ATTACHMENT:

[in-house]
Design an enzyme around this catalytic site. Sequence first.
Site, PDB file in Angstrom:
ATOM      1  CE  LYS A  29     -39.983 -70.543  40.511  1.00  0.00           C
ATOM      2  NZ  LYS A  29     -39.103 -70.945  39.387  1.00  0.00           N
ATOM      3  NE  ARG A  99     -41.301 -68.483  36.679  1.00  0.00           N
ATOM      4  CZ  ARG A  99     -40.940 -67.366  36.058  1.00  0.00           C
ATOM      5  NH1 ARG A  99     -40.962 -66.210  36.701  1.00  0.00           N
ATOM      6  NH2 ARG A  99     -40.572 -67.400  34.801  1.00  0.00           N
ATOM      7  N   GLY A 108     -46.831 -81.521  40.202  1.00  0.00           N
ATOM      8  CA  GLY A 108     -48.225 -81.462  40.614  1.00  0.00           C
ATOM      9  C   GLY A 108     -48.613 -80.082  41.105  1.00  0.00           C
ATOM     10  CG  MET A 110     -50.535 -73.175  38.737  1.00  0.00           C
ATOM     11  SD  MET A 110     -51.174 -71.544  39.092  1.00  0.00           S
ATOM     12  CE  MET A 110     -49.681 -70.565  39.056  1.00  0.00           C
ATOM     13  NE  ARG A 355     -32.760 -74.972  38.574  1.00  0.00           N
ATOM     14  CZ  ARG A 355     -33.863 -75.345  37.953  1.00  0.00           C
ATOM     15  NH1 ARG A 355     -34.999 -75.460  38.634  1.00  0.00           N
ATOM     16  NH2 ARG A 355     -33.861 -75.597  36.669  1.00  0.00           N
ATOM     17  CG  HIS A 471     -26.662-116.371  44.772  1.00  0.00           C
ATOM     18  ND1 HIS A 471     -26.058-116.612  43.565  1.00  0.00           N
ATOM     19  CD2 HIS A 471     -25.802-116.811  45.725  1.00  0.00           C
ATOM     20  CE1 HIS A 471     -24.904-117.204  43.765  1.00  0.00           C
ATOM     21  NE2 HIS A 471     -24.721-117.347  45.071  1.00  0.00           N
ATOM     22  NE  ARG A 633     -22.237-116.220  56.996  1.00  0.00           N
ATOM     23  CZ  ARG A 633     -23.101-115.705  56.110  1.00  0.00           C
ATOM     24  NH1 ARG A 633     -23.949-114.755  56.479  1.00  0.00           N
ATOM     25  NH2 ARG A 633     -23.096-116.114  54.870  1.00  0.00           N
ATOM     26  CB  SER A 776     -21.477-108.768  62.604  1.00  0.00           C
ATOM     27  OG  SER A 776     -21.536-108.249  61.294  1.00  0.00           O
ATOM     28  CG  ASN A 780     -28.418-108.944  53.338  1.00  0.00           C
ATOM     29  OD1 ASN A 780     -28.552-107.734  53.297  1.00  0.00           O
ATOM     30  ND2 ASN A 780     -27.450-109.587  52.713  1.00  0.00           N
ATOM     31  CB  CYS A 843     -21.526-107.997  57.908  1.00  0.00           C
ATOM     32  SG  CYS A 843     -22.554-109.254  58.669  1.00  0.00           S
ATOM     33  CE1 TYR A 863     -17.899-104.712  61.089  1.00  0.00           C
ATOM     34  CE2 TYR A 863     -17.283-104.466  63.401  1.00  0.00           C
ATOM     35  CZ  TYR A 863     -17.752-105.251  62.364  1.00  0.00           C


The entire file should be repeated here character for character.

[in-house]
Design an enzyme around this catalytic site. Sequence first.
Site, PDB file in Angstrom:
ATOM      1  CE  LYS A  29     -39.983 -70.543  40.511  1.00  0.00           C
ATOM      2  NZ  LYS A  29     -39.103 -70.945  39.387  1.00  0.00           N
ATOM      3  NE  ARG A  99     -41.301 -68.483  36.679  1.00  0.00           N
ATOM      4  CZ  ARG A  99     -40.940 -67.366  36.058  1.00  0.00           C
ATOM      5  NH1 ARG A  99     -40.962 -66.210  36.701  1.00  0.00           N
ATOM      6  NH2 ARG A  99     -40.572 -67.400  34.801  1.00  0.00           N
ATOM      7  N   GLY A 108     -46.831 -81.521  40.202  1.00  0.00           N
ATOM      8  CA  GLY A 108     -48.225 -81.462  40.614  1.00  0.00           C
ATOM      9  C   GLY A 108     -48.613 -80.082  41.105  1.00  0.00           C
ATOM     10  CG  MET A 110     -50.535 -73.175  38.737  1.00  0.00           C
ATOM     11  SD  MET A 110     -51.174 -71.544  39.092  1.00  0.00           S
ATOM     12  CE  MET A 110     -49.681 -70.565  39.056  1.00  0.00           C
ATOM     13  NE  ARG A 355     -32.760 -74.972  38.574  1.00  0.00           N
ATOM     14  CZ  ARG A 355     -33.863 -75.345  37.953  1.00  0.00           C
ATOM     15  NH1 ARG A 355     -34.999 -75.460  38.634  1.00  0.00           N
ATOM     16  NH2 ARG A 355     -33.861 -75.597  36.669  1.00  0.00           N
ATOM     17  CG  HIS A 471     -26.662-116.371  44.772  1.00  0.00           C
ATOM     18  ND1 HIS A 471     -26.058-116.612  43.565  1.00  0.00           N
ATOM     19  CD2 HIS A 471     -25.802-116.811  45.725  1.00  0.00           C
ATOM     20  CE1 HIS A 471     -24.904-117.204  43.765  1.00  0.00           C
ATOM     21  NE2 HIS A 471     -24.721-117.347  45.071  1.00  0.00           N
ATOM     22  NE  ARG A 633     -22.237-116.220  56.996  1.00  0.00           N
ATOM     23  CZ  ARG A 633     -23.101-115.705  56.110  1.00  0.00           C
ATOM     24  NH1 ARG A 633     -23.949-114.755  56.479  1.00  0.00           N
ATOM     25  NH2 ARG A 633     -23.096-116.114  54.870  1.00  0.00           N
ATOM     26  CB  SER A 776     -21.477-108.768  62.604  1.00  0.00           C
ATOM     27  OG  SER A 776     -21.536-108.249  61.294  1.00  0.00           O
ATOM     28  CG  ASN A 780     -28.418-108.944  53.338  1.00  0.00           C
ATOM     29  OD1 ASN A 780     -28.552-107.734  53.297  1.00  0.00           O
ATOM     30  ND2 ASN A 780     -27.450-109.587  52.713  1.00  0.00           N
ATOM     31  CB  CYS A 843     -21.526-107.997  57.908  1.00  0.00           C
ATOM     32  SG  CYS A 843     -22.554-109.254  58.669  1.00  0.00           S
ATOM     33  CE1 TYR A 863     -17.899-104.712  61.089  1.00  0.00           C
ATOM     34  CE2 TYR A 863     -17.283-104.466  63.401  1.00  0.00           C
ATOM     35  CZ  TYR A 863     -17.752-105.251  62.364  1.00  0.00           C